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|Geoffroy V “The Fair” Plantagenet (1113-1151)|
Born 24 August 1113 to 28GGF Foulques V the Young and Ermengarde du Maine, our 27GGF Geoffroy V “The Fair” was Count of Anjou, Maine and Touraine from 1131 to 1151.
At Le Mans, on 17 June 1128, after an amazing tangle of familial and geopolitical machinations, 15-year-old Geoffroy became the husband of 27GGM Matilda Empress1 (1103-1169), ten years his senior but daughter and sole surviving legitimate heir of 28GGF King Henry I Beauclerc of England, in his turn son and successor of 29GGF William the Conqueror2.
In 1129, his father turned the Anjou over to 16-year-old Geoffroy (yes, another teenager), married the daughter of King Baudouin of Jerusalem, and inherited that kingdom when Baudouin died two years later. With the “old” Count out of the way (King Foulques, now of Jerusalem, was only 37), Geoffroy’s vassals decided, singly and in cabals, to test his mettle. One by one, he reduced them to submission.
It was Geoffroy who stuck a sprig of broom
(“Plante à genêt”)
in his hat for battlefield recognition. The nickname stuck to him, and then to his royal descendants.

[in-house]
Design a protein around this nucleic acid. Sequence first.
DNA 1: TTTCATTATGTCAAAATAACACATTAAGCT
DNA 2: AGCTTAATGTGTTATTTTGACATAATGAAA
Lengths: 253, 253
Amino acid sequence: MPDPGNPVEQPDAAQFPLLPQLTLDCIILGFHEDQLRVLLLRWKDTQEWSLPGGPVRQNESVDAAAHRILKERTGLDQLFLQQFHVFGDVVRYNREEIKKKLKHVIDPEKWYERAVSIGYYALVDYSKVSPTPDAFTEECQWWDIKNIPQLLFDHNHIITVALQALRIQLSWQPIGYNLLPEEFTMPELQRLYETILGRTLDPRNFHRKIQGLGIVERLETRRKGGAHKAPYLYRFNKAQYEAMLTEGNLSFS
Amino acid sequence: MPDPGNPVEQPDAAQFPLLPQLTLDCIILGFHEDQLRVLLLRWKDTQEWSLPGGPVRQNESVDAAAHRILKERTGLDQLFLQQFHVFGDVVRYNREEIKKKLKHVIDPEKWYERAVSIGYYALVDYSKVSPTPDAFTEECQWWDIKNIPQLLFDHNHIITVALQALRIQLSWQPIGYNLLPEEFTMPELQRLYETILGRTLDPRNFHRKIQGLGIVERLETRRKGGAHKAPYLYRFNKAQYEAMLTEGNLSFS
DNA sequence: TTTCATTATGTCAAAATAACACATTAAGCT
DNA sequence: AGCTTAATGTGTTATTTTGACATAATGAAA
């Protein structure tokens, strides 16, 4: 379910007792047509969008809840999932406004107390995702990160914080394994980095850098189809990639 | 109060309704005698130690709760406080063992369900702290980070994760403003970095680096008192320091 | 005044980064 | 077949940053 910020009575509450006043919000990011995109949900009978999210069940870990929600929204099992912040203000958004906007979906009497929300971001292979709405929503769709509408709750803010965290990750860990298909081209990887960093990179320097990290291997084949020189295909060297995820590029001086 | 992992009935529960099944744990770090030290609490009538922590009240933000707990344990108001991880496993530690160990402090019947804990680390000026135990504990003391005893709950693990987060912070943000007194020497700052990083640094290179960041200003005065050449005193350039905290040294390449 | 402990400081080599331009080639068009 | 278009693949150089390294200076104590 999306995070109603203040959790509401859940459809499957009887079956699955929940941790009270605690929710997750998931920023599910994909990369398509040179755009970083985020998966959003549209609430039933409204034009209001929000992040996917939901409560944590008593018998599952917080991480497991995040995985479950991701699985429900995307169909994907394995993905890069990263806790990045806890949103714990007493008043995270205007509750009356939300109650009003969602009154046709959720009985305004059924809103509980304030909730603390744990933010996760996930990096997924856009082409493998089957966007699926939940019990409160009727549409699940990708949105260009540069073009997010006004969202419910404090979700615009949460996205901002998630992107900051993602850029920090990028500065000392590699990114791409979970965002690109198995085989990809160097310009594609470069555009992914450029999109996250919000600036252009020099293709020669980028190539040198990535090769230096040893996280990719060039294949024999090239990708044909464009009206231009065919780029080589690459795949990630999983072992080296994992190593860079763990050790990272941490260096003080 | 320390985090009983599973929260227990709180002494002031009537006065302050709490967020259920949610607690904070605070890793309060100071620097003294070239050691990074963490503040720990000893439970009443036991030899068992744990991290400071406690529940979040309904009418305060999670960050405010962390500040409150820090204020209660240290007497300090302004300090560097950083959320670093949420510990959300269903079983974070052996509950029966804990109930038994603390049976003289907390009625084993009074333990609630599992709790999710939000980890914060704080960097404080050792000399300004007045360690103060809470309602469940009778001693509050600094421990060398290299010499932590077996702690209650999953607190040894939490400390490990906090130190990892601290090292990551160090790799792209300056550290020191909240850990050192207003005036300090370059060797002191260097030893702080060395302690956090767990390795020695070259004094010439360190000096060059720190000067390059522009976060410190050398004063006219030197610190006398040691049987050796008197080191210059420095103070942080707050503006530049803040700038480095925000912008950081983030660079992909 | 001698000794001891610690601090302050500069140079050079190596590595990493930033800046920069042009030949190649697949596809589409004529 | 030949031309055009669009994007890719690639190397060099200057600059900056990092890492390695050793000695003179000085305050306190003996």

When King Henry Beauclerc died in 1135, Stephen of Blois beat Matilda to the throne of England and the Duchy of Normandy, setting off a civil war that restored Normandy to Geoffroy and Matilda.
Geoffroy died at Chateau du Loir 7 September 1151 and is buried in the Cathedral of Le Mans. Matilda carried on the war against Stephen, finally prevailing and installing her son [26GGF] Henry as Henry II Fitz-Empress Plantagenet, the first king in the Plantagenet dynasty.
There’s a lot more there, and it all looks different from other angles, but that’ll give you the idea.
1Known as “The Empress Maud“ in the Cadfael stories. Matilda was “Empress” as the widow of “Holy Roman Emperor” Heinrich V, to whom she was betrothed at age eight and married at eleven.
2Commonly known to his contemporaries as “William the Bastard,” son of [30GGF] “Robert the Devil,” Duke of Normandy.
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Updated Jul 2020
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